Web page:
It’s always a good idea to go out on top, right? If James Wan were reading this, he’d agree wholeheartedly, as this year’s red-hot horror director has apparently retired from the genre after exploding in 2013. Sure, I loved Insidious: Chapter 2, but The Conjuring was the James Wan directed horror film to break numerous box office records, including “Largest Opening For An Original Horror Film” and “Warner Bros.’ Largest 3-Day Opening For A Horror Film” – and with good reason.
The Conjuring is one of those “Based On A True Story” paranormal thrillers that blurs the line between fantasy and reality, suggesting that Ed and Lorraine Warren’s most exciting investigative ghost hunt actually happened – in some capacity. But, keeping that in mind, the idea that someone endured similar events to the horror witnessed on screen remains absolutely unnerving, and does bring a level of looming terror to a script that has made the Hayes brothers household genre names. Creating a cast of characters with depth and family connections, Chad and Carey presented James with a far better story than most horror films, as how many genre reviews contain a line like, “…but we don’t watch horror for the writing” or “…we’re here for the kills.” Well, guess what, with body count at shocking minimum and performances at a premium, The Conjuring soars above competitors by being a strong, steady, and well-written cinematic experience, let alone horror movie.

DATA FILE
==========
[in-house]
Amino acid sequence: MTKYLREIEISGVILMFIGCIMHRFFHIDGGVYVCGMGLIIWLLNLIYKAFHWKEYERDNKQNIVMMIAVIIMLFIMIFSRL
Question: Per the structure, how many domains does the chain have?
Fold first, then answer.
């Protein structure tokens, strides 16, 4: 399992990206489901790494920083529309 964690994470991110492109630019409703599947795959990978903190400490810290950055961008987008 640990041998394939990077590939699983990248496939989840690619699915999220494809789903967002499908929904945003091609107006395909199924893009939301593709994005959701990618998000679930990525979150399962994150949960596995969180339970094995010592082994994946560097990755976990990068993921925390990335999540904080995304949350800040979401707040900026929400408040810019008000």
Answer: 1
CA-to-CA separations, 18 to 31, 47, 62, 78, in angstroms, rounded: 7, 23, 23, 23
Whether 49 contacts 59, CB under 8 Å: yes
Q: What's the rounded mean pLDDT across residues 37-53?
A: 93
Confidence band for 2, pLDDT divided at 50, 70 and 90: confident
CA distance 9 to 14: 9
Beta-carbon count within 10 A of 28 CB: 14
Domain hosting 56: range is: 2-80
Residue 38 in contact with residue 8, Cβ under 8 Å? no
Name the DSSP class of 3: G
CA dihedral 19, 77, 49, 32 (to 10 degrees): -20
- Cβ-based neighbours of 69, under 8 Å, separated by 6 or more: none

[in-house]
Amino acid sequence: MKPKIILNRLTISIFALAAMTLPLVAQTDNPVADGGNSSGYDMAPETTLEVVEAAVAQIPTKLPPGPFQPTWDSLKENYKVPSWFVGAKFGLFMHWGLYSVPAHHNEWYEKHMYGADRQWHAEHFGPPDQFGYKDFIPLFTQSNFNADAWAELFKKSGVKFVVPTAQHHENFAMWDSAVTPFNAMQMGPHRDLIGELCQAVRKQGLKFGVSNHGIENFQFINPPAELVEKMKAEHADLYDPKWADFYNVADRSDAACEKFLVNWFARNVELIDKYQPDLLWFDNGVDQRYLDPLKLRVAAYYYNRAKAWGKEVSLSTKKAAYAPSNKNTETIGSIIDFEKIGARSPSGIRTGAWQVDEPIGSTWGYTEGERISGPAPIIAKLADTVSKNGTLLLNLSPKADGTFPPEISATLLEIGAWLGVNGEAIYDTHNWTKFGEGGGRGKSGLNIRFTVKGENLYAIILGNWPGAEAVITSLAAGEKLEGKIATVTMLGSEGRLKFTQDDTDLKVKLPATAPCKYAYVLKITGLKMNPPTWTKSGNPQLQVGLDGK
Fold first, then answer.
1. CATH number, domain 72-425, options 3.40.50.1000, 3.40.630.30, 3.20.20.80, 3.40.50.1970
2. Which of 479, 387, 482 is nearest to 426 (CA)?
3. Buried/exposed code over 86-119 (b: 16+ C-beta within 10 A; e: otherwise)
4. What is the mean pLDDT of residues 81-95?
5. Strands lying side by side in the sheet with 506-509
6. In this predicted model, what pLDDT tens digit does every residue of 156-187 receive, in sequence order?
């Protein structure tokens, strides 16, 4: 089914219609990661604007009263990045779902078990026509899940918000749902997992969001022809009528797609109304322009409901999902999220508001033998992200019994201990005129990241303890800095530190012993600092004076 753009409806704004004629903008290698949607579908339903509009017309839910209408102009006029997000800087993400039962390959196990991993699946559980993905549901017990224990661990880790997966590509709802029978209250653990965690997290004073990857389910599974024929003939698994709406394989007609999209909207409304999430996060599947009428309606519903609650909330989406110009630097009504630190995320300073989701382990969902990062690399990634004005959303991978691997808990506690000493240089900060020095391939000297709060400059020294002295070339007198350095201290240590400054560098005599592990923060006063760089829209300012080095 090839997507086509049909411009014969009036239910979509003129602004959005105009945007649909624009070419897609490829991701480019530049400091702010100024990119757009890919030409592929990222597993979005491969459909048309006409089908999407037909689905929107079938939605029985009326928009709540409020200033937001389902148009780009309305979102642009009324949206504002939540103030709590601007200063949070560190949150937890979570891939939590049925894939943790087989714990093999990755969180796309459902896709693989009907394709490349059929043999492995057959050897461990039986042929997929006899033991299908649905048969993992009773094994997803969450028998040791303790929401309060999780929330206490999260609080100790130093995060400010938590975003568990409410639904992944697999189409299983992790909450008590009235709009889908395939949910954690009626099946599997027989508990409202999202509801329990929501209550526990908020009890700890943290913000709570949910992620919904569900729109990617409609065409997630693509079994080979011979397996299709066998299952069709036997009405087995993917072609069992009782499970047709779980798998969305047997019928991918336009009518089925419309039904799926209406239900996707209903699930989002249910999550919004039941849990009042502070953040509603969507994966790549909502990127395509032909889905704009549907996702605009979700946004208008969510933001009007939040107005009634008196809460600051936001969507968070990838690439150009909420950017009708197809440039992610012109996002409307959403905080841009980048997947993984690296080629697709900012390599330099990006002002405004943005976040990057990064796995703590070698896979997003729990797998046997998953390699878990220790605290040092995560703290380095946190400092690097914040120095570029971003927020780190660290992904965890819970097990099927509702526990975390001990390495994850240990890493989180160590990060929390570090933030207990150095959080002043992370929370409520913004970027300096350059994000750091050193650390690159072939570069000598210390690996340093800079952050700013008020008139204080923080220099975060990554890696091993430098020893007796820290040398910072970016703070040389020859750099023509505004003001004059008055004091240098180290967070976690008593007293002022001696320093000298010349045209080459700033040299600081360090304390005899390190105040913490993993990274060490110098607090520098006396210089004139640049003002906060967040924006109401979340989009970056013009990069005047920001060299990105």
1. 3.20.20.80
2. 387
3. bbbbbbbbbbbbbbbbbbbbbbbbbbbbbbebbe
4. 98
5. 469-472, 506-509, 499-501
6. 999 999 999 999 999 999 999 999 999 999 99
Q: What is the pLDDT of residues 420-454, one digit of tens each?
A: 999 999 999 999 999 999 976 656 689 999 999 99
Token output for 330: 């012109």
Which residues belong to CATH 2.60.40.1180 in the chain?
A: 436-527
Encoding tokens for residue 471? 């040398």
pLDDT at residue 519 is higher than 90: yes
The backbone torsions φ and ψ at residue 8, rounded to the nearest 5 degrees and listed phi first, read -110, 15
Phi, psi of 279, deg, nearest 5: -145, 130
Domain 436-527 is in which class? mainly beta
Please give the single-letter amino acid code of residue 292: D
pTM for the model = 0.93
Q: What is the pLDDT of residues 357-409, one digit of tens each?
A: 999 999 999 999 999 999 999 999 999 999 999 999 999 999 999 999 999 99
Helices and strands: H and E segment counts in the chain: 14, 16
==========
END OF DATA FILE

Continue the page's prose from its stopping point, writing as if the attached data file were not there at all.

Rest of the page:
Such a head start was all that James Wan needed, as he took this wonderfully immersive script and spun his typical antique horror vibe, like a spider wrapping up his next victim. We’re caught in Jame’s ever-constricting web, tightening slowly as the film progresses, heightening the paralyzing fear as the situation becomes more and more grave. How does he accomplish this? Through dusty, Gothic, atmospheric tension that never lets go. Wan’s visual eye always sets up the perfect shots, his settings are always dreary, foreboding, and full off skin-crawling details that are meant to unsettle, but in the horror world, these settings are vibrant, full of mystique, and are always perfectly lit to leave plenty of hiding places for the nastiest of creatures.
I’ve already reviewed The Conjuring theatrically, so I could continue gushing if you really want me to – or I can start discussing the Blu-Ray specs on this sweet home release. For my full analysis, head on over to my review, which still holds up after a repeated watch, or you can just check this little summation out that hones in my feelings:
James Wan conjures up a truly paralyzing tale of supernatural terror with his retelling of Ed and Lorraine Warren’s most disturbing case, creating scares through detailed and properly crafted horror storytelling – not a body count.